If You Have a Brake Fluid Leak
According to Chaya M. Milchtein of MechanicShopFemme.com, “If you lose hydraulic power in your brakes (i.e., if you get a fluid leak), you can slowly apply your parking brake to help you get control of your vehicle.” Admittedly, this is not a perfect fix, says Milchtein, “as the parking brakes are intended to keep your car in one place and not stop a running car because they only engage the rear wheels.” But desperate times call for desperate measures, and this is one of those times — and something that can help until you can pull over safely.
While Your Car is Getting Serviced
“When your vehicle is being flat-bedded for service, you should apply the parking brake to remove the stress from the transmission,” says Lauren Fix, the Car Coach. Using the emergency brake when your car is getting serviced can also help keep the mechanics safe while your car is being loaded onto their truck. If your car needs a flatbed for service, it might be time to get a new ride.
When Changing a Flat Tire
Fix also suggests using the emergency brake when changing a flat tire. This is an important safety precaution that will ensure the rear wheels don’t spin during the tire swap. This, along with blocking the tires with rocks or blocks, will keep the vehicle from rolling. Of course, it’s also essential for your safety to change a tire on flat ground, notes Edmunds.com.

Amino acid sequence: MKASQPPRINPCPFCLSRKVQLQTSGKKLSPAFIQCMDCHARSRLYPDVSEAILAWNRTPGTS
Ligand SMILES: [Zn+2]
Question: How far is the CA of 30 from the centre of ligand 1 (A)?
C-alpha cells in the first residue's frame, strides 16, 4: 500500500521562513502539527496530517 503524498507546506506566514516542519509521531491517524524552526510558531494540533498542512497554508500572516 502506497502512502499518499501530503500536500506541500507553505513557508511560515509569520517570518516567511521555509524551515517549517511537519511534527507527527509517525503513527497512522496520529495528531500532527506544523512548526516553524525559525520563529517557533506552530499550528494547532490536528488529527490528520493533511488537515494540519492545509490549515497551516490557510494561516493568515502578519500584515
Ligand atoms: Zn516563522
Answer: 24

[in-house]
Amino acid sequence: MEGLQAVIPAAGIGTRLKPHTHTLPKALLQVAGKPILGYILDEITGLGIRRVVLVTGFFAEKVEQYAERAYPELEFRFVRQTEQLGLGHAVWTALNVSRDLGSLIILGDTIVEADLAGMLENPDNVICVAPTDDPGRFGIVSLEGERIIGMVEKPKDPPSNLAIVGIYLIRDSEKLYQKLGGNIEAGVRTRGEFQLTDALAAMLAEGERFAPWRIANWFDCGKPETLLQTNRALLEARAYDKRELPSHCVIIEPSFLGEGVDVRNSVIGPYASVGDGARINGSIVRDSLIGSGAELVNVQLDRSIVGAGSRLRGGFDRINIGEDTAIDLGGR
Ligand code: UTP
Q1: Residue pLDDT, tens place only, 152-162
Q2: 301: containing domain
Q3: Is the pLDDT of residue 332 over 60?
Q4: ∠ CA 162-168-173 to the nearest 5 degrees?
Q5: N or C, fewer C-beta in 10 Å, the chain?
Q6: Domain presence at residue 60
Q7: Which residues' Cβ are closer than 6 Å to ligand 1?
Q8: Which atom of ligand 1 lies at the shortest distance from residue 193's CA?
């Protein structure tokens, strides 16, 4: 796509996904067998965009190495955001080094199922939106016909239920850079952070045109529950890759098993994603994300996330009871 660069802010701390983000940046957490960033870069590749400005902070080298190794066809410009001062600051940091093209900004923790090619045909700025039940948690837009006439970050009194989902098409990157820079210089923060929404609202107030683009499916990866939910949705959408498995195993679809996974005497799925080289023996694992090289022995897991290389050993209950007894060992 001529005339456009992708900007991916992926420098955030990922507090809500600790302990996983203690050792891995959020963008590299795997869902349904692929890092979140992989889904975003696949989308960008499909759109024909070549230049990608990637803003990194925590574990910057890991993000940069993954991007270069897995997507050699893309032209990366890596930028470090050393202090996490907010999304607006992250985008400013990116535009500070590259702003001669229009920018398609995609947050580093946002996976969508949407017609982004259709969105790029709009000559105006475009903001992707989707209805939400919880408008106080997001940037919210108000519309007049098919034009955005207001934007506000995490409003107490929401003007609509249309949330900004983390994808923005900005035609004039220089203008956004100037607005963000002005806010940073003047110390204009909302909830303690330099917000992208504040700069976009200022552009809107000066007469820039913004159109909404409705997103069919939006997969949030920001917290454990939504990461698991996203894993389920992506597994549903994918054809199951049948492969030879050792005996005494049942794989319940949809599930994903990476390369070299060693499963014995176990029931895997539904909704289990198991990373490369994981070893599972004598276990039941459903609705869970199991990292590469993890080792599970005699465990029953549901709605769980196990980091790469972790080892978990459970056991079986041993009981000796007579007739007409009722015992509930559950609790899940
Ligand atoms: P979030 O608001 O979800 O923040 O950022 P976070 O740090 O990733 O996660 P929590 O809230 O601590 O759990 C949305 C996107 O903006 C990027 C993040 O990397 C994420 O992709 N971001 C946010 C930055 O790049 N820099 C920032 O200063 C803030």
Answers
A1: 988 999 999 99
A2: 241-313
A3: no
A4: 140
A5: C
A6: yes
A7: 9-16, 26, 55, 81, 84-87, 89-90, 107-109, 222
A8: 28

When Parking Along a Curb
The primary reasons to use your emergency brake all involve, in some way, a parking scenario. Richard Reina, Product Training Director at CARiD.com, adds parking along a curb to the list. “When parking along a curb in close quarters, use of the parking brake can help prevent transmission damage if your car gets nudged or bumped in its parking spot,” he explains. Plus, it can prevent your car from rolling if it gets hit.
When Parking Close to Another Car
If you’re parking anywhere near another car, use your emergency brake. “When you are parked close to somebody else, the emergency brake prevents the car from rolling,” explains Tommy of Vekhayn.com. “Because even if your car moves just an inch, it can cost you hundreds of your hard-earned dollars [if you cause damage to that nearby parked car].”
During a Road Test